Ah, menopause, the rollercoaster ride of hormonal changes that can make even the most composed woman feel like she's in a never-ending heatwave.
One of the most notorious symptoms that women experience during this phase are the dreaded hot flushes. But fear not because I am here to guide you through this hellish inferno with a touch of empathy, a sprinkle of humor, and some counter intuitive advice.
So, grab a fan, sit back, and let's dive into the world of hot flushes!
Understanding the Heatwave: Hot flushes (or hot flashes depending on what side of the pond you reside), are sudden feelings of intense heat (that usually starts in the head) and can spread throughout your body, leaving you sweaty, red-faced, and feeling like you're trapped in a sauna. These episodes can strike at any time, especially when we feel anxious, causing embarrassment, discomfort, and a desperate need to either leave the building or for a personal portable air...
There are a couple of things that fascinate me about my job as a therapist. One is the type of issues that people need fixing and the other is what scenes come up during regression related to that.
I’ll be honest with you, sometimes I get blindsided and I have to think on my feet. I can have an expectation that what I’m going to find is neglect but actually what I find is the opposite.
TOO MUCH ATTENTION.
If, when I ask my client’s inner child “are you happy?” and the response is “yes, I’m so happy, I couldn’t want for anything more, my childhood is perfect, I like it here, I want to stay”…
I see a red flag .
Not that your childhood shouldn’t be safe and affirming, but if you’re coming to me with an issue and you’re telling me your childhood was perfect, I know we need to dig deeper.
Now what I start to look for is something called enmeshment or covert...
Repeat after me: Menopause does NOT have to be miserable!!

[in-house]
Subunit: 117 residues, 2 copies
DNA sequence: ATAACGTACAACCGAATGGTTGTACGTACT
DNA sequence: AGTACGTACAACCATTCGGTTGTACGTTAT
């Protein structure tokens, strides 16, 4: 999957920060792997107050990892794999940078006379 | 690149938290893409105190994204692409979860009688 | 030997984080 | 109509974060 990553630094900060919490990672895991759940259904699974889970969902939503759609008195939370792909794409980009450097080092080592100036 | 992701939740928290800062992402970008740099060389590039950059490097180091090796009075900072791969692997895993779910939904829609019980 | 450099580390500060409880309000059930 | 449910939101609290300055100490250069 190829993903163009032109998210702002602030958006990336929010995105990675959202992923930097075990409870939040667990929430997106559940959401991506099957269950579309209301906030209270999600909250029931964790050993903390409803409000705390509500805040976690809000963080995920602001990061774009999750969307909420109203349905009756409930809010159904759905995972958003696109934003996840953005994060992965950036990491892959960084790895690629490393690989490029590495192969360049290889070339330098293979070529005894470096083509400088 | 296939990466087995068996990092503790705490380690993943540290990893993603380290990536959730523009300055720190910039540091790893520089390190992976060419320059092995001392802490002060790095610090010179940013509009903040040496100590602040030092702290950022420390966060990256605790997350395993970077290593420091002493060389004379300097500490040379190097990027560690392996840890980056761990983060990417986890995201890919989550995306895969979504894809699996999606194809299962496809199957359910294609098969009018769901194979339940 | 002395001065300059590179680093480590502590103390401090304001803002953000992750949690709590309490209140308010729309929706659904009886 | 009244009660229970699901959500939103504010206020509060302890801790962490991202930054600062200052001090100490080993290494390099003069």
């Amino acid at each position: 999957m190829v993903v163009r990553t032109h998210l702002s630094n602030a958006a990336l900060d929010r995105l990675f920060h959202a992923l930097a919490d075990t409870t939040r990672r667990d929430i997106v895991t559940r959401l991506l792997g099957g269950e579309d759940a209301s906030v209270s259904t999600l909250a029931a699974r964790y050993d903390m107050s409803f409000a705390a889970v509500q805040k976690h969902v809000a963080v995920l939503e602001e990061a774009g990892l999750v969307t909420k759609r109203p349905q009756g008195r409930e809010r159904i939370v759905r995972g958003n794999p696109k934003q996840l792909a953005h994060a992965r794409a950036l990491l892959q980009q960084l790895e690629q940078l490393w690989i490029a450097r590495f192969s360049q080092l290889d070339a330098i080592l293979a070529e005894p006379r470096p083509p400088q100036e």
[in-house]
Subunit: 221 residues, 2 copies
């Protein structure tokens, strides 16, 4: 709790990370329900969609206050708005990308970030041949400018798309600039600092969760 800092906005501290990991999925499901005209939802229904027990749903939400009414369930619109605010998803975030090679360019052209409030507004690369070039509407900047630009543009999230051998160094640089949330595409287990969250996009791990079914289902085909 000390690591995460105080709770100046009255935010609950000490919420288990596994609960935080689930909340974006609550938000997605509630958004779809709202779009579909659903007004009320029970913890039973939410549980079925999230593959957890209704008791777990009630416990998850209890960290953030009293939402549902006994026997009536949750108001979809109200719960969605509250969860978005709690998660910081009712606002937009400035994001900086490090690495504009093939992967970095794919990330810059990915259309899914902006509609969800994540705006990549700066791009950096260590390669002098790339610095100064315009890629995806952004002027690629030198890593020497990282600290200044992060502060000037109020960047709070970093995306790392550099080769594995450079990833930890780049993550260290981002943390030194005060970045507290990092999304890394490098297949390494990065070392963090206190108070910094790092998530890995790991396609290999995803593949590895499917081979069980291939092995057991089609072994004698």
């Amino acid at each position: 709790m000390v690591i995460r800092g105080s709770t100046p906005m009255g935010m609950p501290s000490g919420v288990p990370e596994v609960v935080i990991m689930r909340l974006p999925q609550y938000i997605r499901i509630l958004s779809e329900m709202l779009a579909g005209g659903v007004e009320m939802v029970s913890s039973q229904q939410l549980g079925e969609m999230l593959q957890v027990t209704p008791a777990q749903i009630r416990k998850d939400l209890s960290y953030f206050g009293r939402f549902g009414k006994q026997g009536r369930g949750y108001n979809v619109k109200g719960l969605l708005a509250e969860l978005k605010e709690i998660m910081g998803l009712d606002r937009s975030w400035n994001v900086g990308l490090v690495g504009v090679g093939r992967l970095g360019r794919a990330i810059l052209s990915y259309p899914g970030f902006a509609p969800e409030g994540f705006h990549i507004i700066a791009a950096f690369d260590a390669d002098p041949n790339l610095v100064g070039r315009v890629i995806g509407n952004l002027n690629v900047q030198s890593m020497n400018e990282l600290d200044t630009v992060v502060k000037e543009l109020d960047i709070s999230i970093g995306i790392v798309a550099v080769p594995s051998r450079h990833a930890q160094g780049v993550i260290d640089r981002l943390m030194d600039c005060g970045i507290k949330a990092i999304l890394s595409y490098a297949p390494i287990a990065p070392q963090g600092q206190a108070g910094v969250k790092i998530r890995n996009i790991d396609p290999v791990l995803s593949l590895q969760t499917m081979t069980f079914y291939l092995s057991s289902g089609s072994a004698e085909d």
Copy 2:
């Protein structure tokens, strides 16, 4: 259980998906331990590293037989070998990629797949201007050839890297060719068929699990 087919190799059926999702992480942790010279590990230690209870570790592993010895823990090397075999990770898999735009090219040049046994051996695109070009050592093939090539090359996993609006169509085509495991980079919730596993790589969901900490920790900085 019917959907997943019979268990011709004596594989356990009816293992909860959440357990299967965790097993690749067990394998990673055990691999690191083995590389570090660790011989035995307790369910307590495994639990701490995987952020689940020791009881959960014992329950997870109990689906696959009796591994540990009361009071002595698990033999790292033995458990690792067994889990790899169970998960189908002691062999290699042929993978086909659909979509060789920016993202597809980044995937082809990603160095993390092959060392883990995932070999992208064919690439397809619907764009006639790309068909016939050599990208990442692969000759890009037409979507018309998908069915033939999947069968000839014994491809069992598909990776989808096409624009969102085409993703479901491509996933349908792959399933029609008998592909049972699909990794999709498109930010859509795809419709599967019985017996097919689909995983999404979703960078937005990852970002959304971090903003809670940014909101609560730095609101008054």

Some aspects of the media would have us believe that we need to hunker down, get supplies in and be ready for the s**t storm that is coming…because it’s ominous and it’s going to be, well frankly, terrible.
Without wanting to diminish the hurricane that many women find themselves in (I was one of them), it’s often about how we frame it.
The more we can frame is a powerful metamorphosis instead of a nightmare hormone deficiency, the more likely we are to experience it as such.
This is down to the incredible power of stereotype embodiment.
Stereotype embodiment is the concept that societal stereotypes and cultural beliefs about a particular group of people can influence the health and mindset of individuals belonging to that group. So in the context of menopause, stereotype embodiment suggests that the cultural expectations and stereotypes surrounding menopause can affect...
The growth mindset has dug me out of a few crises, especially recently.
You see, over the last year, I went down a big rabbit hole into systemic oppression, patriarchy….that kind of thing.
I did some major deconstruction of my biases, as a therapist, that's REALLY important.
The idea about 'smashing the patriarchy' found me through the work I do in the menopause space. Before that, I was 100% growth mindset and believed that no matter what the circumstances, ANYONE could make positive changes in their own lives.
At first I found the whole patriarchy thing incredibly validating but after a while it started to depress me. I could only take so much. It’s heavy shit and changes absolutely EVERYTHING you thought you ever knew.
You really need to take a breath and take a moment.
It was completely necessary though and I learnt so much about my privilege, decolonisation, social determinants of health,...
How much of the ageing symptoms that we experience is actually just stereotype embodiment?
Stereotype embodiment refers to the process by which individuals internalize and embody stereotypes that are prevalent in their culture or society. It suggests that stereotypes can influence people's self-perception, behavior, and even their physical and mental health.
When individuals are repeatedly exposed to stereotypes about a particular social group to which they belong, they may begin to internalize those stereotypes and incorporate them into their self-concept. For example, if someone repeatedly hears that older adults are forgetful and frail, they may start to believe and exhibit those characteristics themselves, even if they were not true for them personally.